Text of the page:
Minorities And Smoking Of Mice and Menthol The Targeting of African Americans by the Tobacco Industry

Surgeon General’s Report on Smoking and Health

Video clip of press conference given by U.S. Surgeon General Luther Terry, MD, to announce the findings of the Report on Smoking and Health, which concluded that cigarette smoking was the main cause of lung cancer
January 11, 1964

TV commercial for Winston cigarettes on The Flintstones

Video clip of television advertisement
Circa 1963

1954 08 Tan Magazine Billie Allen for Chesterfield Ad 1

“Meet Chesterfield’s Prize-Winning Poster Girl”

Advertisement featuring Billie Allen in African-American magazine published by Johnson Publishing Company
Tan, back cover
August 1954

n.d. Lucky Strike Ad Light up a Lucky its light up time

“Light up a Lucky – it’s light-up time!”

Lucky Strike advertisement featuring Trudy Daniels (later Trudy Haynes), a model who became the first African-American TV weather reporter in the U.S. in 1963 and also the first African-American TV news reporter in 1965
Circa 1958

1964 01 24 Life Verdict on Cigs Guilty Minorities and Tobacco

“Verdict on Cigarets: Guilty as Charged”

News article
LIFE, page 56A
January 24, 1964

n.d. Thoracotomy Survivor Minorities and Tobacco

Patient with thoracotomy scar

Photograph from a public service advertisement
No date

Taking Notice

Although cigarette smoking was found to be the foremost preventable cause of lung cancer, emphysema, and heart disease by the 1950s, a significant decline in smoking among minority groups did not occur in the 20th century. The fact that cigarette smoking became less fashionable among upper-income and middle-income groups by the end of the century lulled the public into believing that the United States was well on its way to ending the enormous toll taken by smoking. More than 20 years following publication of the landmark Surgeon General’s Report on Smoking and Health in 1964, a report by the Task Force on Black and Minority Health of the Department of Health and Human Services noted that there were 58,000 excess deaths each year among black Americans compared with the death rate of the white population. Principal among the rising, preventable causes of death were cardiovascular disease and lung cancer, the two major consequences of smoking.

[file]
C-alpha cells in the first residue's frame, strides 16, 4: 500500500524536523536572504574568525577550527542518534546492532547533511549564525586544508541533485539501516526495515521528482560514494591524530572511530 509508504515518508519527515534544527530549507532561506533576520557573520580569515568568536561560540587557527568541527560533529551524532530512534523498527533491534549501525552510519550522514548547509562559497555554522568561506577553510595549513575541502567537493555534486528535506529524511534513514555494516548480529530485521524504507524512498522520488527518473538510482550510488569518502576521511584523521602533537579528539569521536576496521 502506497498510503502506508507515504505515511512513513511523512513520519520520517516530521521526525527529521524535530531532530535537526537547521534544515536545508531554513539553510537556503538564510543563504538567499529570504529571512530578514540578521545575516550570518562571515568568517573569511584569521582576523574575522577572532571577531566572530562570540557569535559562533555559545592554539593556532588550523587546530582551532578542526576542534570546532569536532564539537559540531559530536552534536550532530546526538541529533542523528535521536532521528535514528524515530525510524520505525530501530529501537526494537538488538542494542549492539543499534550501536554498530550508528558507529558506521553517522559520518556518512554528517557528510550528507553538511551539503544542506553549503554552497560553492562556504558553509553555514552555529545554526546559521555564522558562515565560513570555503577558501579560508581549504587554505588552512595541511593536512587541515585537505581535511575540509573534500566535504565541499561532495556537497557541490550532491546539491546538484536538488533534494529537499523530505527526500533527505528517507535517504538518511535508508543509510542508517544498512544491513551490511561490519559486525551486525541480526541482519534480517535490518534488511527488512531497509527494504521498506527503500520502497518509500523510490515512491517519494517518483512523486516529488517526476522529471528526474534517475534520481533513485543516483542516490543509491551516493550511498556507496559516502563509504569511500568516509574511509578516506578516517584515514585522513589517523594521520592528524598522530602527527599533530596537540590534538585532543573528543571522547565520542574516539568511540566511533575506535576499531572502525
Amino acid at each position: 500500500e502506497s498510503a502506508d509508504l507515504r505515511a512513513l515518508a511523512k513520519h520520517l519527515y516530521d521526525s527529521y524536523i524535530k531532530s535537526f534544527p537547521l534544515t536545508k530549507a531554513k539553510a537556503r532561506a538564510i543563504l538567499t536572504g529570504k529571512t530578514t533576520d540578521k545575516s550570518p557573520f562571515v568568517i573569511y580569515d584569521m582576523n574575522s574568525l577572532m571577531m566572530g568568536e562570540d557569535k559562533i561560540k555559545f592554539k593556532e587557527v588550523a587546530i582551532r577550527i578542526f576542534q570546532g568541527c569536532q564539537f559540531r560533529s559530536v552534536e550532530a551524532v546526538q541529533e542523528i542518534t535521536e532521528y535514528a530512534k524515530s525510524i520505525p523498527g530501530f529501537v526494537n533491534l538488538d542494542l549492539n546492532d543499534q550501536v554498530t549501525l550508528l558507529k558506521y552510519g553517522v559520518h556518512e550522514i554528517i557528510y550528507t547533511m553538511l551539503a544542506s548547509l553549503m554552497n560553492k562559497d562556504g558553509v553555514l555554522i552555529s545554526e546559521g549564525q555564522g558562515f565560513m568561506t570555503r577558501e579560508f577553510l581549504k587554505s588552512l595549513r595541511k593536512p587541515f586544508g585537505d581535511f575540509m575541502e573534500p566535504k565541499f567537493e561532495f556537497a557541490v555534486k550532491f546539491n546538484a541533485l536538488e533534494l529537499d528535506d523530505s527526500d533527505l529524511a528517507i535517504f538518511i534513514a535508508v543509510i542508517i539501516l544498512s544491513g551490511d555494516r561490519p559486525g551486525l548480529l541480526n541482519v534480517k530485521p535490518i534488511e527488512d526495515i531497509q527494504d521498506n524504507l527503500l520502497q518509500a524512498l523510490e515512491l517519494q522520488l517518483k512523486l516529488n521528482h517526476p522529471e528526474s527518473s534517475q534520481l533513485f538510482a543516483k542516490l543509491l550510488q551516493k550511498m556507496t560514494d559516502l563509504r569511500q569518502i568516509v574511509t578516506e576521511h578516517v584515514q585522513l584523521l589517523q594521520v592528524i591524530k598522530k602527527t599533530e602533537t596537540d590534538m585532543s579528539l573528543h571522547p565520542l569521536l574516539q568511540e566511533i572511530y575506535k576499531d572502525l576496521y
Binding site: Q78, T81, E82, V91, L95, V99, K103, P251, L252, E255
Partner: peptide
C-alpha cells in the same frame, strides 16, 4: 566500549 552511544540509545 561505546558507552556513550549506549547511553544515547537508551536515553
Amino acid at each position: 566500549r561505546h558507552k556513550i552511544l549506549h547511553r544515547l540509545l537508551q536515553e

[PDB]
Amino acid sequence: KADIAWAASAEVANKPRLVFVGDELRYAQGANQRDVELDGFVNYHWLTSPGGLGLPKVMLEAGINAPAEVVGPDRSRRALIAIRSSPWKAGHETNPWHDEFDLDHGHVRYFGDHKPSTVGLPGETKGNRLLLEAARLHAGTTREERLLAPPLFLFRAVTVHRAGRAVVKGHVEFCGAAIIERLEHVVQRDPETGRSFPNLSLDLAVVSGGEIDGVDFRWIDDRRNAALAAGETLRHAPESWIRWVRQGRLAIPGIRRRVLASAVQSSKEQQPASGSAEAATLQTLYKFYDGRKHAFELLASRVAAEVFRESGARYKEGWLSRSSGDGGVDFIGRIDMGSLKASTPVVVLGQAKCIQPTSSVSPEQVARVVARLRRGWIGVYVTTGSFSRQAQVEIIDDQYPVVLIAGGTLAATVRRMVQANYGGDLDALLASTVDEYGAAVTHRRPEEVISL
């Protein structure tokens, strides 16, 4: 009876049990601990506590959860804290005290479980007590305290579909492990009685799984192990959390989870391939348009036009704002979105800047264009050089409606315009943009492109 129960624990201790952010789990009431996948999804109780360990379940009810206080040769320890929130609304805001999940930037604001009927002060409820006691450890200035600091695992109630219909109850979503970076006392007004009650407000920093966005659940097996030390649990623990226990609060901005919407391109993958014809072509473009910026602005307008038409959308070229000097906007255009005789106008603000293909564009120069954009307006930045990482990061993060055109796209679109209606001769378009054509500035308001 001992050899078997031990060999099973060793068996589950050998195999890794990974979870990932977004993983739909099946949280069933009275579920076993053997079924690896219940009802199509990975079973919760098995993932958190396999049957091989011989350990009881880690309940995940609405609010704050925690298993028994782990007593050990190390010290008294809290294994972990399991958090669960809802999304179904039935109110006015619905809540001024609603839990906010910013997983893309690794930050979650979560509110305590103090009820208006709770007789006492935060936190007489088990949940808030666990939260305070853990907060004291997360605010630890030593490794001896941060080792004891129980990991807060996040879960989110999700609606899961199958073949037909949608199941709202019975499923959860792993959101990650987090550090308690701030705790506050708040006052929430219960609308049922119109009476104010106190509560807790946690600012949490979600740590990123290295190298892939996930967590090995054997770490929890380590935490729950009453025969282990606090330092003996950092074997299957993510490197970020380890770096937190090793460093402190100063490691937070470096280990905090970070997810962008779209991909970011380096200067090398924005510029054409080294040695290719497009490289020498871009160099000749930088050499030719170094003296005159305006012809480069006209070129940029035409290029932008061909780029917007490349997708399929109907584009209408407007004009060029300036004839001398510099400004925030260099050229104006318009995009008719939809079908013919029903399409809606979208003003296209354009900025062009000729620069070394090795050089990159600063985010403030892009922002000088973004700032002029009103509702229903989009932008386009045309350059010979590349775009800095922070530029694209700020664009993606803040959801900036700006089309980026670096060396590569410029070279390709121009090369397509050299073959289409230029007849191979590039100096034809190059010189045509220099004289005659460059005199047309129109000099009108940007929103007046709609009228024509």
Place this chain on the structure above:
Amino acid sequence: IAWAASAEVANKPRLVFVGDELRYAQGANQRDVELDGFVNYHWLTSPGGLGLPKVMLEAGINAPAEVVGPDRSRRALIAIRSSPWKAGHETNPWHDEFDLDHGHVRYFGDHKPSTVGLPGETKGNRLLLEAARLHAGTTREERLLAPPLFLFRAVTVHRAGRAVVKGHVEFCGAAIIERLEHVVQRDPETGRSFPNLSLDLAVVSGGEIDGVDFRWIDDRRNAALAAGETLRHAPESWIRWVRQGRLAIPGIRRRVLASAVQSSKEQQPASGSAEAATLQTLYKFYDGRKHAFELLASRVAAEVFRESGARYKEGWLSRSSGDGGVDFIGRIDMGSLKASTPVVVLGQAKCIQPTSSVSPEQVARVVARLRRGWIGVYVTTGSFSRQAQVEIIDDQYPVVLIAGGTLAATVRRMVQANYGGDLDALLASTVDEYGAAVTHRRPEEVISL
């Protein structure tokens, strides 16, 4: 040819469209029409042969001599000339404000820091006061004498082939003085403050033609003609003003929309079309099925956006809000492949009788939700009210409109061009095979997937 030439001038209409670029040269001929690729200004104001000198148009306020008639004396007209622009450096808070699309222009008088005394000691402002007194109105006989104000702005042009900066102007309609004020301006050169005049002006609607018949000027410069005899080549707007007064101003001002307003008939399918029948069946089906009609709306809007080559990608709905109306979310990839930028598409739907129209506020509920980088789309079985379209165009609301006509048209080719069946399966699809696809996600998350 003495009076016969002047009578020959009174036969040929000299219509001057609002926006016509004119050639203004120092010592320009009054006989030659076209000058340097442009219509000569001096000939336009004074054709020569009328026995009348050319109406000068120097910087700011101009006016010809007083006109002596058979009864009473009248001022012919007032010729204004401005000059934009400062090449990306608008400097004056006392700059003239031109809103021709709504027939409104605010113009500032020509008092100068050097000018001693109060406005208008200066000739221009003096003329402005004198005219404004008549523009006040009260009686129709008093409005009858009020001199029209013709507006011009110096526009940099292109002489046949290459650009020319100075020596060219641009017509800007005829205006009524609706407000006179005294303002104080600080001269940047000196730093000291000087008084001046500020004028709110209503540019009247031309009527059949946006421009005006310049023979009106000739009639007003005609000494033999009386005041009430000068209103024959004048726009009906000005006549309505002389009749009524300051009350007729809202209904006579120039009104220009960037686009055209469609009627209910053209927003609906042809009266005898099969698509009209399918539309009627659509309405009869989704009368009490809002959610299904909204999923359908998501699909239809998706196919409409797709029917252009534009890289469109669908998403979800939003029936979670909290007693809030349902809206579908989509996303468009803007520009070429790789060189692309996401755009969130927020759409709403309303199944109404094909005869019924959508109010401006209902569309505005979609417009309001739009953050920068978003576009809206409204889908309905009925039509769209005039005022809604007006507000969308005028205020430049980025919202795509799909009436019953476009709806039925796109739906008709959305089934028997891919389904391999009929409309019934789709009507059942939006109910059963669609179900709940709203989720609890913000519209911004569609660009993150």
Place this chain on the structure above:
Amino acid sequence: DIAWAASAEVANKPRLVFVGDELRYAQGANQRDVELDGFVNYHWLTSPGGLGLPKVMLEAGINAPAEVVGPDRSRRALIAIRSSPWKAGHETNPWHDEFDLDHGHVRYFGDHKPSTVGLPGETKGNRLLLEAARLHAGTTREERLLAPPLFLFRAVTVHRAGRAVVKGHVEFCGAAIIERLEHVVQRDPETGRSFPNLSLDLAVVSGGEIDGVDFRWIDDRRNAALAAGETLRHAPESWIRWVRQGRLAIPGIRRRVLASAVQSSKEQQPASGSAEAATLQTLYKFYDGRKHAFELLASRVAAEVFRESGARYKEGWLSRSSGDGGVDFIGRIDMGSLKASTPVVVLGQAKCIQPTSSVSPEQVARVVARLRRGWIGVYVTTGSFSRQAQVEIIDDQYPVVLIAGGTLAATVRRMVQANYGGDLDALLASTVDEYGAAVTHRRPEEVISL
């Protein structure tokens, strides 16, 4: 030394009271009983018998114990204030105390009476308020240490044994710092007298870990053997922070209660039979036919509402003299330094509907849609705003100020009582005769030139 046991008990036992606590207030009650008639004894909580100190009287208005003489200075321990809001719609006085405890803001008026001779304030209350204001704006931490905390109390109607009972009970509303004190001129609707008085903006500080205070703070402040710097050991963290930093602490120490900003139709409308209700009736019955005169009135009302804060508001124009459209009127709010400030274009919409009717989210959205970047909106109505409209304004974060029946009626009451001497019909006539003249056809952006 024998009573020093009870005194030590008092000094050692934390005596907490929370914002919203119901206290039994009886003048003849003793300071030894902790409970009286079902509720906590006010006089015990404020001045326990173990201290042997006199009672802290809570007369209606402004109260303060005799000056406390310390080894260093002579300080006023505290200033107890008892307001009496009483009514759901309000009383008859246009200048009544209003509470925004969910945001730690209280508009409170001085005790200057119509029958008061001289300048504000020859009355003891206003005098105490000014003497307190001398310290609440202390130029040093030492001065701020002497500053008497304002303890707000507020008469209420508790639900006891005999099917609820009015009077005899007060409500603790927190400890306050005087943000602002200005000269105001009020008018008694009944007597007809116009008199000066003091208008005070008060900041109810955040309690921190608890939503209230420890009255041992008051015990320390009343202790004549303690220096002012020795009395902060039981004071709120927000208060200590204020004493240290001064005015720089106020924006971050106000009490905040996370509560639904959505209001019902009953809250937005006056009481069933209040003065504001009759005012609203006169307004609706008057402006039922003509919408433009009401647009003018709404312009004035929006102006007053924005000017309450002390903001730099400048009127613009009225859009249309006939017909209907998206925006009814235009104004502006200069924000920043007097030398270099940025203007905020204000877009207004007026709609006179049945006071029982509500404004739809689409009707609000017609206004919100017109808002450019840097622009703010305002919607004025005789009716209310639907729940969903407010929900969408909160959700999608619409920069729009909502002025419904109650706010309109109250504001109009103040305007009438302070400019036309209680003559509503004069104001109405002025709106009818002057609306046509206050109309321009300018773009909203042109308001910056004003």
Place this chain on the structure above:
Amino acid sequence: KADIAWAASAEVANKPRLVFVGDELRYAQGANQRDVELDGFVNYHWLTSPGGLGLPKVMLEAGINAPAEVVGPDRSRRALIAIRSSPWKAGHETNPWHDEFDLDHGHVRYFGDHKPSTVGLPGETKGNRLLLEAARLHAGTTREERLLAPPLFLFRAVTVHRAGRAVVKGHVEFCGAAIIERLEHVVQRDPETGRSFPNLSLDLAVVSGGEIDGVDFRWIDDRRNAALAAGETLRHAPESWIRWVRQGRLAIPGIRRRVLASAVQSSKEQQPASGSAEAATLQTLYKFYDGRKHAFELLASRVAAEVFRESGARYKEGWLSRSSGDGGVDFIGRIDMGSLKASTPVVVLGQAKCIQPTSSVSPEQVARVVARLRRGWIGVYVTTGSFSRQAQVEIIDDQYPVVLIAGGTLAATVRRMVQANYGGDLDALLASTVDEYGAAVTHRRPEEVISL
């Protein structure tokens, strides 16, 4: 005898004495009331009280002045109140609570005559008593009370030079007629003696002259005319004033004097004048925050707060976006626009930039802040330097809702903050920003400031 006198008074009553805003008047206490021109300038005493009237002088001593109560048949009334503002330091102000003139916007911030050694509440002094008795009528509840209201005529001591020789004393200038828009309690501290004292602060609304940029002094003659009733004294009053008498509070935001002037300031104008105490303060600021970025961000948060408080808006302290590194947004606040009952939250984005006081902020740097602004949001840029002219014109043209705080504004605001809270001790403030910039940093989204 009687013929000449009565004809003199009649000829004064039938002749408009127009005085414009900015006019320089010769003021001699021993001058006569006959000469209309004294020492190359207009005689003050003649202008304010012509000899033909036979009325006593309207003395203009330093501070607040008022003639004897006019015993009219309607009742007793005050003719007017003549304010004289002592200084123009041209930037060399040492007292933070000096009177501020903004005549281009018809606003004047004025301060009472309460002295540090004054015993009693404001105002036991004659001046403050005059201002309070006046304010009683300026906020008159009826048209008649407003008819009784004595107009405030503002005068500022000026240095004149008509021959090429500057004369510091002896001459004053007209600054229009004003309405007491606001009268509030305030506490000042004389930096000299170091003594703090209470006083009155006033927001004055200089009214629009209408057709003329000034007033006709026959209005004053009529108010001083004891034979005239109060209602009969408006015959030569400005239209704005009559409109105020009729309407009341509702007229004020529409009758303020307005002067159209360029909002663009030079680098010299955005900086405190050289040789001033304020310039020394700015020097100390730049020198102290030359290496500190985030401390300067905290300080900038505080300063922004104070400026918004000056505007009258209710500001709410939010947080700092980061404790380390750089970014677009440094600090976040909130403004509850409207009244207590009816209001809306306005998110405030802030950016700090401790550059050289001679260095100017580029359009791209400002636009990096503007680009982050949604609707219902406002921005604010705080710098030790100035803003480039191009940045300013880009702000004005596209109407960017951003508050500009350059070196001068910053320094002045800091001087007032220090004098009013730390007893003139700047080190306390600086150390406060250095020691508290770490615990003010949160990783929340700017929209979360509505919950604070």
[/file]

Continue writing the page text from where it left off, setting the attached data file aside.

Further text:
Despite smoking’s devastating health and economic toll, as recently as the late 1980s few state or county health departments had either programs or personnel dedicated to countering the tobacco pandemic. The first conference on smoking by the National Association of State and Territorial Health Officers did not occur until 1990. Tobacco advertising in black publications was especially prevalent in Essence and Ebony, which reached more than a third of the adult black population. In these publications, upwards of one out of every three advertisements in some issues were for cigarettes. This advertising not only recruited new users but also may have increased the complacency of those who did not smoke by normalizing smoking. A game-changing publication was the 1986 Surgeon General’s Report on involuntary or passive smoking, which gave credibility to the efforts of grassroots activist organizations such as ASH (Action on Smoking and Health), GASP (Group Against Smoking Pollution), ANR (Americans for Nonsmokers’ Rights), Minnesota Association of Non-Smokers, airline flight attendants, and other various independent local and state groups to step up their lobbying for clean indoor air laws, which they had begun to do in the 1970s.

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